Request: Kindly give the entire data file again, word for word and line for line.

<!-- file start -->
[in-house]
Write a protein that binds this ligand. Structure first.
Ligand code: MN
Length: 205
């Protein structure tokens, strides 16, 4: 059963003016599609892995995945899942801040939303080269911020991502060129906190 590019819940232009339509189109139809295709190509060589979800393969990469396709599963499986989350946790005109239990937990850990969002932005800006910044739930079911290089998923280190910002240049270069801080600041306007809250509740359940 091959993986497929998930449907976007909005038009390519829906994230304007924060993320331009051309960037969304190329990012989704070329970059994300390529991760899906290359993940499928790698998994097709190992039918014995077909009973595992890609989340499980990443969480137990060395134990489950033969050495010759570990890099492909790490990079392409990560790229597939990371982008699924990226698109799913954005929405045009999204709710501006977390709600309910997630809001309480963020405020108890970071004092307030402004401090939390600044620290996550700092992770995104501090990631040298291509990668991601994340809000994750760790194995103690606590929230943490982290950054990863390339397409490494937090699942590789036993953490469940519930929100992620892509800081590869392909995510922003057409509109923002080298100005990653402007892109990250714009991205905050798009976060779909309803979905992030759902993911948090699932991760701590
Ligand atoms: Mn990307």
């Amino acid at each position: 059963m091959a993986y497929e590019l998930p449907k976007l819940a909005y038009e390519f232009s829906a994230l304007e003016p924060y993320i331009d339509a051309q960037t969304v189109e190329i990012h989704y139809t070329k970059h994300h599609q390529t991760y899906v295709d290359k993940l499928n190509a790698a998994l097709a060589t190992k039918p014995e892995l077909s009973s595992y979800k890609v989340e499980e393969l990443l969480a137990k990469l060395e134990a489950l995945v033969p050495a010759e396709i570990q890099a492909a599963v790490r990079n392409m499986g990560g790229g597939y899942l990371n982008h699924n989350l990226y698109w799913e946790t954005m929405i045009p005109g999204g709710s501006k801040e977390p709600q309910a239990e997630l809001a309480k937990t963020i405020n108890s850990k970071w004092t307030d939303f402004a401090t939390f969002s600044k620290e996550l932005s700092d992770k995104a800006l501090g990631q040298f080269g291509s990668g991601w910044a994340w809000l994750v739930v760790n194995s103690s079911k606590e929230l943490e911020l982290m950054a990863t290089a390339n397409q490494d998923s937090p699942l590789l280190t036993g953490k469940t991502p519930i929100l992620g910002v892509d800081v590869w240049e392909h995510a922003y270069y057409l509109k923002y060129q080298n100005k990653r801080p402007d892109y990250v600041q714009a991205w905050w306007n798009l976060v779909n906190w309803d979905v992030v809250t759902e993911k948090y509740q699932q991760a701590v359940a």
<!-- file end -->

[in-house]
Write a protein that binds this ligand. Structure first.
Ligand code: MN
Length: 205
């Protein structure tokens, strides 16, 4: 059963003016599609892995995945899942801040939303080269911020991502060129906190 590019819940232009339509189109139809295709190509060589979800393969990469396709599963499986989350946790005109239990937990850990969002932005800006910044739930079911290089998923280190910002240049270069801080600041306007809250509740359940 091959993986497929998930449907976007909005038009390519829906994230304007924060993320331009051309960037969304190329990012989704070329970059994300390529991760899906290359993940499928790698998994097709190992039918014995077909009973595992890609989340499980990443969480137990060395134990489950033969050495010759570990890099492909790490990079392409990560790229597939990371982008699924990226698109799913954005929405045009999204709710501006977390709600309910997630809001309480963020405020108890970071004092307030402004401090939390600044620290996550700092992770995104501090990631040298291509990668991601994340809000994750760790194995103690606590929230943490982290950054990863390339397409490494937090699942590789036993953490469940519930929100992620892509800081590869392909995510922003057409509109923002080298100005990653402007892109990250714009991205905050798009976060779909309803979905992030759902993911948090699932991760701590
Ligand atoms: Mn990307």
């Amino acid at each position: 059963m091959a993986y497929e590019l998930p449907k976007l819940a909005y038009e390519f232009s829906a994230l304007e003016p924060y993320i331009d339509a051309q960037t969304v189109e190329i990012h989704y139809t070329k970059h994300h599609q390529t991760y899906v295709d290359k993940l499928n190509a790698a998994l097709a060589t190992k039918p014995e892995l077909s009973s595992y979800k890609v989340e499980e393969l990443l969480a137990k990469l060395e134990a489950l995945v033969p050495a010759e396709i570990q890099a492909a599963v790490r990079n392409m499986g990560g790229g597939y899942l990371n982008h699924n989350l990226y698109w799913e946790t954005m929405i045009p005109g999204g709710s501006k801040e977390p709600q309910a239990e997630l809001a309480k937990t963020i405020n108890s850990k970071w004092t307030d939303f402004a401090t939390f969002s600044k620290e996550l932005s700092d992770k995104a800006l501090g990631q040298f080269g291509s990668g991601w910044a994340w809000l994750v739930v760790n194995s103690s079911k606590e929230l943490e911020l982290m950054a990863t290089a390339n397409q490494d998923s937090p699942l590789l280190t036993g953490k469940t991502p519930i929100l992620g910002v892509d800081v590869w240049e392909h995510a922003y270069y057409l509109k923002y060129q080298n100005k990653r801080p402007d892109y990250v600041q714009a991205w905050w306007n798009l976060v779909n906190w309803d979905v992030v809250t759902e993911k948090y509740q699932q991760a701590v359940a």